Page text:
graduate school applications and courses


Hi, I am from India and am planning to apply for an Urban design course in the US and other countries. A lot of colleges offer graduate programs that are 3 terms long or just about a year and a half long. Do Architecture firms and Corporate firms consider these courses while recruiting? Please let me know. What kind of credibility do these courses have for an aspirant who wants to work in US etc?

Sep 17, 18 9:11 am

Most Master of Urban Design programs in the US are 1.5 to 2 years long - so the lengths of the programs you're describing aren't going to be viewed negatively.  The general reputation of the program is far more important.  But, I'm confused by your question about architecture firms, as most architecture firms don't typically hire urban designers at all.  There are some firms that offer both architecture and planning, so it's not impossible, but for the most part if your goal is to work in an architecture firm then you would be looking at NAAB-accredited Master of Architecture degrees (typically 2.5 to 3.5 years long for a first-professional degree).  With a Master of Urban Design you'd be more likely to apply for positions with planning consultant firms, municipalities, or state or federal government - not architecture firms.

Sep 17, 18 11:07 am

Thank you. 

So whatever course I pick, and whatever be the duration, as long as it's NAAB accredited it won't be view negatively?

Sep 17, 18 2:10 pm

If it's an NAAB-accredited first-professional M.Arch degree, it will fulfill the education requirement for architect licensing in all US states.  Some states allow licensing without an accredited degree, but that can make reciprocity difficult in other states.  

As I said above, the reputation depends on the particular university and program.  There are over 100 NAAB-accredited M.Arch programs in the US - some with better reputations than others.  Whether there's any real focus on the reputation/ranking of the school from which you graduated varies from firm to firm.  At one extreme are firms that do not care at all, and at the other are firms that care a lot about getting grads from top-ranked universities with name-recognition, mainly because of the perceived value of those peoples' resumes in the firm's marketing materials.  There are also lots of employers who tend to hire heavily from the program that they themselves attended, and/or from the programs most local to the firm.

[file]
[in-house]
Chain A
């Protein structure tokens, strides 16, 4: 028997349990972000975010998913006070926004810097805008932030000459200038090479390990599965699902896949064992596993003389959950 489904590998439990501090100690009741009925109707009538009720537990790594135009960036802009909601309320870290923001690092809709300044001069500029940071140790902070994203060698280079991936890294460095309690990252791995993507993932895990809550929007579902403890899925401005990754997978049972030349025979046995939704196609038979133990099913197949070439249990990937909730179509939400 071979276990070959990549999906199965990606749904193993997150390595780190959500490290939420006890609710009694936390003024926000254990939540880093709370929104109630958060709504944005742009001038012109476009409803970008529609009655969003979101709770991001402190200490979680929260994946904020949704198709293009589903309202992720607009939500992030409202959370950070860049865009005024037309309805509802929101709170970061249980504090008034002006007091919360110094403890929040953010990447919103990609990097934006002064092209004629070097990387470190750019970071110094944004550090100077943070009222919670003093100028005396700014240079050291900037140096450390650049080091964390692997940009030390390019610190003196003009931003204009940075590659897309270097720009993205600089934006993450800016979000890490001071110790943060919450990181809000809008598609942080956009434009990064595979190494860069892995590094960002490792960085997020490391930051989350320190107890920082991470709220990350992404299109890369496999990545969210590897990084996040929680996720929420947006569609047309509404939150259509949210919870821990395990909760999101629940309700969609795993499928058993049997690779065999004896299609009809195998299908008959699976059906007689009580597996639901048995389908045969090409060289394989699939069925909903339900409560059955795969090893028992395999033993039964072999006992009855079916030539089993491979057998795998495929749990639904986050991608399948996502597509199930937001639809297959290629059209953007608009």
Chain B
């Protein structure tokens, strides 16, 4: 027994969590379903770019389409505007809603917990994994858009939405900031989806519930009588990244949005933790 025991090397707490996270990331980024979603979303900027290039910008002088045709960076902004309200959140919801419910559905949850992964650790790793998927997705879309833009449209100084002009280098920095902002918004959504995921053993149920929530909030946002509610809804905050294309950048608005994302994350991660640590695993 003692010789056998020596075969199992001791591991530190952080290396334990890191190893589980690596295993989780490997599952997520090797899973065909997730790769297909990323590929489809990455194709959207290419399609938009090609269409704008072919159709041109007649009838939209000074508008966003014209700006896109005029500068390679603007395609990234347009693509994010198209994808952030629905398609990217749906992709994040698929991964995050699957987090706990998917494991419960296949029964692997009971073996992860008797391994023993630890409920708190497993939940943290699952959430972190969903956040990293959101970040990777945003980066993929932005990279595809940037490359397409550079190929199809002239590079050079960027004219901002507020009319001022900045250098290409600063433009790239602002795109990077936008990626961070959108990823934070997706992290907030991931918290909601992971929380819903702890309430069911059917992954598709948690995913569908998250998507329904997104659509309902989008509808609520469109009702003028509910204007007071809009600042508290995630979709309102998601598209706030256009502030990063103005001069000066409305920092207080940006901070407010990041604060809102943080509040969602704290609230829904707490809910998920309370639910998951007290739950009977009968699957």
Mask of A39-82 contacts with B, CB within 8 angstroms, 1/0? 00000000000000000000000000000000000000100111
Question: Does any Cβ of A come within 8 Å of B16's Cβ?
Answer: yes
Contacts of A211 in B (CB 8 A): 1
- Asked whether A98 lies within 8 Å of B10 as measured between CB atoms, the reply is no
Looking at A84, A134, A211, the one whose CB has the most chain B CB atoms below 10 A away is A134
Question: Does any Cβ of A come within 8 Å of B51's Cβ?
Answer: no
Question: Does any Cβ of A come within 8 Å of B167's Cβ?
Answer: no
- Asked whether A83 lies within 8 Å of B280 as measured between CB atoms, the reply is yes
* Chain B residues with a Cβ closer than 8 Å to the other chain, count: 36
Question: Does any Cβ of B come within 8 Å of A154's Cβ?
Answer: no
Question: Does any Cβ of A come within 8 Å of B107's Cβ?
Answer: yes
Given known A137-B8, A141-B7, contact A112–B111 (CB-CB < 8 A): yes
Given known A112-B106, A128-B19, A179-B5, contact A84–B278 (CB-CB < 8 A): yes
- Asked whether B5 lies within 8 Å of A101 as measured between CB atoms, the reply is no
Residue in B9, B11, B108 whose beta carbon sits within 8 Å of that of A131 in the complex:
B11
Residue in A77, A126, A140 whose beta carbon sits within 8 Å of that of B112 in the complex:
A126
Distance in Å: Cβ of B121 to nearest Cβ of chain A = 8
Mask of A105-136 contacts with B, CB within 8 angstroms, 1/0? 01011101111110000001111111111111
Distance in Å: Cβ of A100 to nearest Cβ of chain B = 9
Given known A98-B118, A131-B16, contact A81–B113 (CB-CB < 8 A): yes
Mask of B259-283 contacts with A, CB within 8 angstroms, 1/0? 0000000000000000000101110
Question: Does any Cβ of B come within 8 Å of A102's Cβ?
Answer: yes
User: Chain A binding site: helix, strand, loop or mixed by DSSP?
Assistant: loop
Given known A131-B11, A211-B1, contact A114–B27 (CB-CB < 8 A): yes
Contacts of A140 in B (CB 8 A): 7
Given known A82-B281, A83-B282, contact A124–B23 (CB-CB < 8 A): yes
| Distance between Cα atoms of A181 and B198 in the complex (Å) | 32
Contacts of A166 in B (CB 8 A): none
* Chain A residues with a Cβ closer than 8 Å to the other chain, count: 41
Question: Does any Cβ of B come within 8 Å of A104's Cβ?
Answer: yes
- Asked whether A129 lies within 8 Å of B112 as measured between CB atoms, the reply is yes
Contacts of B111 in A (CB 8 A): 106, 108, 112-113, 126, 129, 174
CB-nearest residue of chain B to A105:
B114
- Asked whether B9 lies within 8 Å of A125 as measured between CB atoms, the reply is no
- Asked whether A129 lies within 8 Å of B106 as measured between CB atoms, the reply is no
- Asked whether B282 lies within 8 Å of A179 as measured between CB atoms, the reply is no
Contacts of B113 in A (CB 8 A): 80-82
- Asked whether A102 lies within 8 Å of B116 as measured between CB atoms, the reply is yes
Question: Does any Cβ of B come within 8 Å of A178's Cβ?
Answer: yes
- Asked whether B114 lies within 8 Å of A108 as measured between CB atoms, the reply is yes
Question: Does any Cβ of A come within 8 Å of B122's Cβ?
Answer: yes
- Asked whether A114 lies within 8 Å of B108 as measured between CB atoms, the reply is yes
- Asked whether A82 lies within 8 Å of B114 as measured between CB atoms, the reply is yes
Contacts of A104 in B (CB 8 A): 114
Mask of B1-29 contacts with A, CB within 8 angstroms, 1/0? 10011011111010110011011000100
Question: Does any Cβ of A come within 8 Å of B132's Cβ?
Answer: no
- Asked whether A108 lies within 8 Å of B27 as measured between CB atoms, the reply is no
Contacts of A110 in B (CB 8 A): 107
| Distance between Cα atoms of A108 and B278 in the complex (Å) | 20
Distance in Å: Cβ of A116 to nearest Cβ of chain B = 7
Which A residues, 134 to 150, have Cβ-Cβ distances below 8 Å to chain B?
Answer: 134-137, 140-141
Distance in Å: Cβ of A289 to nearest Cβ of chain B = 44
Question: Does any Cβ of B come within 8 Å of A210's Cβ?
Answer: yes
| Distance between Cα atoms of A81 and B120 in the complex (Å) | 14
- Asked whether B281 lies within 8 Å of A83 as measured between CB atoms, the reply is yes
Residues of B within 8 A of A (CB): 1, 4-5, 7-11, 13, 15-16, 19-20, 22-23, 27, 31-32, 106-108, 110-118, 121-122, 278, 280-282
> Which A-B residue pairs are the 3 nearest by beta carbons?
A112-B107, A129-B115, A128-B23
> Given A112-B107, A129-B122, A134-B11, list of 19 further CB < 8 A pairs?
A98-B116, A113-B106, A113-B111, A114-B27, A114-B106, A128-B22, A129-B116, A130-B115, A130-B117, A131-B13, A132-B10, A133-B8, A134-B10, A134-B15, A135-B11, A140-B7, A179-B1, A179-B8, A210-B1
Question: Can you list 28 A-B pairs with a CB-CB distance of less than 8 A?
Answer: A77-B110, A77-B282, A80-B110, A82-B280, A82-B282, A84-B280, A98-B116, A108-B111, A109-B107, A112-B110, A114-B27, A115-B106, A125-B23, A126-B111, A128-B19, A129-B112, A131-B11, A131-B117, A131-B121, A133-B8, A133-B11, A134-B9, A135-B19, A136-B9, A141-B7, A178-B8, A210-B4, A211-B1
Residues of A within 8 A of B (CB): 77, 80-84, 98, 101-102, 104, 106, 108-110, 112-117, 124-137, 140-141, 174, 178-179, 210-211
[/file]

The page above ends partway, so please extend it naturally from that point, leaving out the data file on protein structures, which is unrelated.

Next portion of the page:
The only NAAB-accredited programs that may in-and-of-themselves terribly hurt your hiring chances are those from for-profit schools. For-profit universities have such a bad reputation in the US that many hiring consultants recommend that employers not consider their grads, and that job candidates not even list those degrees on their resumes.  There are very few for-profit universities offering accredited M.Archs, so that should almost be a non-issue.

Sep 17, 18 2:35 pm

Oh great. I'll be careful picking colleges. 

 Also what does non-professional course mean? Is it a diploma?

Sep 19, 18 4:45 am

Non-professional degree = can't use that degree to become a licensed architect.  


The only NAAB-accredited undergrad degree in architecture offered in the US is the B.Arch (Bachelor of Architecture). It's usually 5 years. It's considered a professional degree because it satisfies the education component of the licensing requirements in all US states. All other undergrad architecture majors (BA, BS, AB, BFA, etc.) are considered "pre-professional" or "non-professional" undergrad degrees.

Someone without a B.Arch generally needs to get a "first professional M.Arch" in order to satisfy the licensing requirements in most states, (which is usually a 2.5 to 3.5 year program, depending on the school, though in some schools it's possible to get some advanced standing or credit for core courses, if you have an undergrad architecture major and a strong portfolio.) Some states have alternative routes to licensing that don't require a professional degree, though they usually require additional experience to become eligible to sit for the licensing exams (4 to 9 years of experience for someone without an NAAB degree, as opposed to 2-3 years of experience for someone with an NAAB degree).

Someone who already has a B.Arch and wishes to pursue additional education in architecture will usually attend what's called a "second professional M.Arch" or "post-professional M.Arch" program, which is typically shorter (1 to 2 years), but is not NAAB-accredited.  It's important to understand that difference, as international students sometimes manage to get accepted to post-pro M.Arch programs on the basis of their undergrad education, but then discover they can't get licensed in some US states because neither their undergrad foreign degree nor their M.Arch are NAAB-accredited or deemed equivalent.


Right. Thank you very much. You have been  helpful.

Sep 19, 18 2:03 pm

Hi, can you help me out with the pros and cons of selecting either a courses based program or thesis based program? I'm looking at various masters programs in Architecture and I'm a bit confused. 

Sep 28, 18 3:30 am

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